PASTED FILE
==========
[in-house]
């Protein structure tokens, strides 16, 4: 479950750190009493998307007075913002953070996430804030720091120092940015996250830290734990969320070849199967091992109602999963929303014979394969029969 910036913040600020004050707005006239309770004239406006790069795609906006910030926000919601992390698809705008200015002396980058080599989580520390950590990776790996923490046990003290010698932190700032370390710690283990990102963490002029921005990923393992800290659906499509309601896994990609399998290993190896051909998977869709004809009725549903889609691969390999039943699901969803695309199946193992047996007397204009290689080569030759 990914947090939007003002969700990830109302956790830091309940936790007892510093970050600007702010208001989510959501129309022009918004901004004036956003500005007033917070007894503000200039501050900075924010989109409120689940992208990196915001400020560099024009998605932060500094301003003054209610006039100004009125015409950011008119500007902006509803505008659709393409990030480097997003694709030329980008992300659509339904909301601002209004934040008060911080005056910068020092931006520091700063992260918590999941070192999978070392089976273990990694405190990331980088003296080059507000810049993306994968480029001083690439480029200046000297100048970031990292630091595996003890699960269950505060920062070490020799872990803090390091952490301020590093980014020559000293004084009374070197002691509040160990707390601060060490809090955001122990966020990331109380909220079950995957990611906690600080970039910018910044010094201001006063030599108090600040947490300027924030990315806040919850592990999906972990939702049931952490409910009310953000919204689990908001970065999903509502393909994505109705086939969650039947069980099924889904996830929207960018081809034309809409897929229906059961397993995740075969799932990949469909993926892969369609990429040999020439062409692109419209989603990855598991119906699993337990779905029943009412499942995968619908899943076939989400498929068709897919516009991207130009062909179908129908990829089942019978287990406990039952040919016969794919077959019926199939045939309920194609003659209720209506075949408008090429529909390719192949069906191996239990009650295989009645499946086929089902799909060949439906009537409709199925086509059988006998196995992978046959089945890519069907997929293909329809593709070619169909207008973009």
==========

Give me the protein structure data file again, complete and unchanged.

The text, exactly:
[in-house]
């Protein structure tokens, strides 16, 4: 479950750190009493998307007075913002953070996430804030720091120092940015996250830290734990969320070849199967091992109602999963929303014979394969029969 910036913040600020004050707005006239309770004239406006790069795609906006910030926000919601992390698809705008200015002396980058080599989580520390950590990776790996923490046990003290010698932190700032370390710690283990990102963490002029921005990923393992800290659906499509309601896994990609399998290993190896051909998977869709004809009725549903889609691969390999039943699901969803695309199946193992047996007397204009290689080569030759 990914947090939007003002969700990830109302956790830091309940936790007892510093970050600007702010208001989510959501129309022009918004901004004036956003500005007033917070007894503000200039501050900075924010989109409120689940992208990196915001400020560099024009998605932060500094301003003054209610006039100004009125015409950011008119500007902006509803505008659709393409990030480097997003694709030329980008992300659509339904909301601002209004934040008060911080005056910068020092931006520091700063992260918590999941070192999978070392089976273990990694405190990331980088003296080059507000810049993306994968480029001083690439480029200046000297100048970031990292630091595996003890699960269950505060920062070490020799872990803090390091952490301020590093980014020559000293004084009374070197002691509040160990707390601060060490809090955001122990966020990331109380909220079950995957990611906690600080970039910018910044010094201001006063030599108090600040947490300027924030990315806040919850592990999906972990939702049931952490409910009310953000919204689990908001970065999903509502393909994505109705086939969650039947069980099924889904996830929207960018081809034309809409897929229906059961397993995740075969799932990949469909993926892969369609990429040999020439062409692109419209989603990855598991119906699993337990779905029943009412499942995968619908899943076939989400498929068709897919516009991207130009062909179908129908990829089942019978287990406990039952040919016969794919077959019926199939045939309920194609003659209720209506075949408008090429529909390719192949069906191996239990009650295989009645499946086929089902799909060949439906009537409709199925086509059988006998196995992978046959089945890519069907997929293909329809593709070619169909207008973009």